In places where holm oaks, oaks, cork oaks and other relatives exist, acorns have become over time an indispensable fruit for people. Thanks to them, many societies have overcome periods of famine, since they have been able to replace the lack of cereals or legumes in its entirety, or complement what is obtained with the crops through harvesting.
All this will be discussed this Wednesday by Enrique García Gómez and Juan Pereira Sieso, authors of the book 'The acorns and the human being. Avatars of a symbol in the Iberian Peninsula' (Editorial Cuarto Centenario), which will be presented at 7:00 p.m. in the Toletvm building, currently the Toledo School of Architecture, in an act moderated by the journalist Inma Sánchez Morate.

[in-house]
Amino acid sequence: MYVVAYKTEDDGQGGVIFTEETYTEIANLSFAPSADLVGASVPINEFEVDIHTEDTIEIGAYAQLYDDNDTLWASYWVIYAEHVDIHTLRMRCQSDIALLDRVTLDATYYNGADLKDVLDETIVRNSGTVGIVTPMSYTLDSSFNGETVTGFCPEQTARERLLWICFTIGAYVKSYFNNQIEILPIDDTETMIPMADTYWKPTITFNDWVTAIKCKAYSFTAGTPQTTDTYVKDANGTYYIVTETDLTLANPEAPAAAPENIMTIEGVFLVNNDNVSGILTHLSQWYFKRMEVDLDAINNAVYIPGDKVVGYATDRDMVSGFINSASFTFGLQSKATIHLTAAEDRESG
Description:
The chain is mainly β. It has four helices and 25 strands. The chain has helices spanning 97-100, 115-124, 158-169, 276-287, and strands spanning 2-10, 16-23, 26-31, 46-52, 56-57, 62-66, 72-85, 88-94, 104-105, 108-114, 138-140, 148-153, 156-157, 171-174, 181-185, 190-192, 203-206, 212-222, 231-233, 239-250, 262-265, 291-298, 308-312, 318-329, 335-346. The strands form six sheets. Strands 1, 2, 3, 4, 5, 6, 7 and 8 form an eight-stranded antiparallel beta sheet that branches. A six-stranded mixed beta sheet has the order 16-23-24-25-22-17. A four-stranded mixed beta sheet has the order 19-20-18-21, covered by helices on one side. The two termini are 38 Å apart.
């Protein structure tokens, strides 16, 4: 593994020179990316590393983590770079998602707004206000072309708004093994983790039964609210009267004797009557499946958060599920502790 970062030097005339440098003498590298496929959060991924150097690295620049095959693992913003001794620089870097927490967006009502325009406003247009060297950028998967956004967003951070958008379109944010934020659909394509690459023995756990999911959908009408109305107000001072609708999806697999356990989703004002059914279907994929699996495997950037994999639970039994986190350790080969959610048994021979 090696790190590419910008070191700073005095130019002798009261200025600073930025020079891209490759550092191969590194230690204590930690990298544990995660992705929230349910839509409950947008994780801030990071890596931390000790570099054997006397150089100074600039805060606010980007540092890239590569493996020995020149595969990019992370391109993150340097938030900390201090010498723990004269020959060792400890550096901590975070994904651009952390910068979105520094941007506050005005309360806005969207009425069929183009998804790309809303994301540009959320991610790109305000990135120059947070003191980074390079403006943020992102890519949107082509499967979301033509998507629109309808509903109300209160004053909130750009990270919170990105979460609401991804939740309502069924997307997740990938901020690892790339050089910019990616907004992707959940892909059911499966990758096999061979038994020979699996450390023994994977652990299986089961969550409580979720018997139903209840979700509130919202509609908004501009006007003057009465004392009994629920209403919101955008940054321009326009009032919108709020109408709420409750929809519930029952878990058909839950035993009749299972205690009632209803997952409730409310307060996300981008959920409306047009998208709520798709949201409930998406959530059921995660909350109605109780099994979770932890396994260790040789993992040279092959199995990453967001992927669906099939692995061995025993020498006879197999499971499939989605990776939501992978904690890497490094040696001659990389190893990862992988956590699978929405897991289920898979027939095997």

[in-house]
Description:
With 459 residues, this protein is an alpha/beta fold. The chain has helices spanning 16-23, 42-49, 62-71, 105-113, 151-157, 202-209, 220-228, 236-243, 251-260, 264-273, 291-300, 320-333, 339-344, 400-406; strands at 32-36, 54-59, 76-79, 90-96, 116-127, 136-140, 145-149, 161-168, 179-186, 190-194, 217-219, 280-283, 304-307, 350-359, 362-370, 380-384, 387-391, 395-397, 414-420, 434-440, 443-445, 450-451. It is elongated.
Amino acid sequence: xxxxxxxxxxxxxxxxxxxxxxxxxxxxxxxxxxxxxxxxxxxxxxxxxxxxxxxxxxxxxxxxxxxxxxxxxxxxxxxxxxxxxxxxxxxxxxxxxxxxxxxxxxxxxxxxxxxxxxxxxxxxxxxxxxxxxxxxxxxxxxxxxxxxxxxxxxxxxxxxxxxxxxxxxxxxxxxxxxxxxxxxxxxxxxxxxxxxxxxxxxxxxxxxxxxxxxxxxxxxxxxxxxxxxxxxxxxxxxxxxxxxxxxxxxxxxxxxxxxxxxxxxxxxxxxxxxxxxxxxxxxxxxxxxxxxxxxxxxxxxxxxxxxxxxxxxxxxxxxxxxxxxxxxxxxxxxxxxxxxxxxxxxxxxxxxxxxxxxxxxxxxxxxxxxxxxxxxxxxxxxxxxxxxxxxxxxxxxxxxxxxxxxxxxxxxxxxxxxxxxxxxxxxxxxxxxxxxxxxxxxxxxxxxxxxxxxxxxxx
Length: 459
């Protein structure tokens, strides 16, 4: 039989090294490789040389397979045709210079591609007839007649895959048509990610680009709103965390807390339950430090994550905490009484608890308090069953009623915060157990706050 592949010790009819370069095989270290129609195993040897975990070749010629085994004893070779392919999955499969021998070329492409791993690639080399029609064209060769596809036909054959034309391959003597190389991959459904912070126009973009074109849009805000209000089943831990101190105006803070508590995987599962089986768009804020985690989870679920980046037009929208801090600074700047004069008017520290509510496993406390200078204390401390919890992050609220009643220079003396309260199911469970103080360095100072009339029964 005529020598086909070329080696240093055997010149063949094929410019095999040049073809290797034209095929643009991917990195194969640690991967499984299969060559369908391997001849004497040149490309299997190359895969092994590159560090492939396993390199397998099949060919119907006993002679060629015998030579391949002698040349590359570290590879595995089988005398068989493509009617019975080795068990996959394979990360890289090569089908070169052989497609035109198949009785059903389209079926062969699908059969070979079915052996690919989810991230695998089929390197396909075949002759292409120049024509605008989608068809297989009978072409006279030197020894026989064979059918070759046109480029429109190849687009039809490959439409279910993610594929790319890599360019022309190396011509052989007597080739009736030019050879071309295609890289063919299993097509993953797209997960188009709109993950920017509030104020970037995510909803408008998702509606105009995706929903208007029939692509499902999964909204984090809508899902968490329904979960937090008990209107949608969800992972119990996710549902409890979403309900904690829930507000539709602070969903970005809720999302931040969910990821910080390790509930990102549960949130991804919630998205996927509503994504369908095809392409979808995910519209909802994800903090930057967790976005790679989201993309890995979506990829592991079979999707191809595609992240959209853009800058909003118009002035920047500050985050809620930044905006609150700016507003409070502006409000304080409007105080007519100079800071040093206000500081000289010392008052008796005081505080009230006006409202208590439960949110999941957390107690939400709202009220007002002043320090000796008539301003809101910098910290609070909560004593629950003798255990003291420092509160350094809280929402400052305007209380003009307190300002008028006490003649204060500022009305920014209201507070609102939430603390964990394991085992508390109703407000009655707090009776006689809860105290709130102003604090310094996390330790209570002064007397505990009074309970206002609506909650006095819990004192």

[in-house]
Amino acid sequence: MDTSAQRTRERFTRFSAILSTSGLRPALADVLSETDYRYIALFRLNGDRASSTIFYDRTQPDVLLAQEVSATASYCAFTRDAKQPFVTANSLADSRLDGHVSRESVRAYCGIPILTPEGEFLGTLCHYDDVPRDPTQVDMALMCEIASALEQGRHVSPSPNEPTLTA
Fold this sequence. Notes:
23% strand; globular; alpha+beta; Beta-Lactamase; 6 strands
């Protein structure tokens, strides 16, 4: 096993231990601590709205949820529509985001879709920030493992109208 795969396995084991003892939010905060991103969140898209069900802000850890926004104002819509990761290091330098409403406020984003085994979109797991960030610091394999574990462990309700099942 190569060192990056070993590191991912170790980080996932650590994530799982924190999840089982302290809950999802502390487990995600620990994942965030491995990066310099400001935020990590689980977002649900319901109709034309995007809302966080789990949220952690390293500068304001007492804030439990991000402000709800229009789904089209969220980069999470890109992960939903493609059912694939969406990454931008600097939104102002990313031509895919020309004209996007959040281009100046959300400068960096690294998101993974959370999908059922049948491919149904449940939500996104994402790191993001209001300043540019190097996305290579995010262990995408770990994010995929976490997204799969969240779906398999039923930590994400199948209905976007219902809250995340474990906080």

As the authors explain in the book, acorns have not only been used as human or animal food, but their properties have been used in folk medicine and in veterinary medicine. In addition, they are part of the intangible heritage and our cultural heritage, as they are omnipresent in folklore, as a symbol and reference, as a literary element or as an inexhaustible source of inspiration.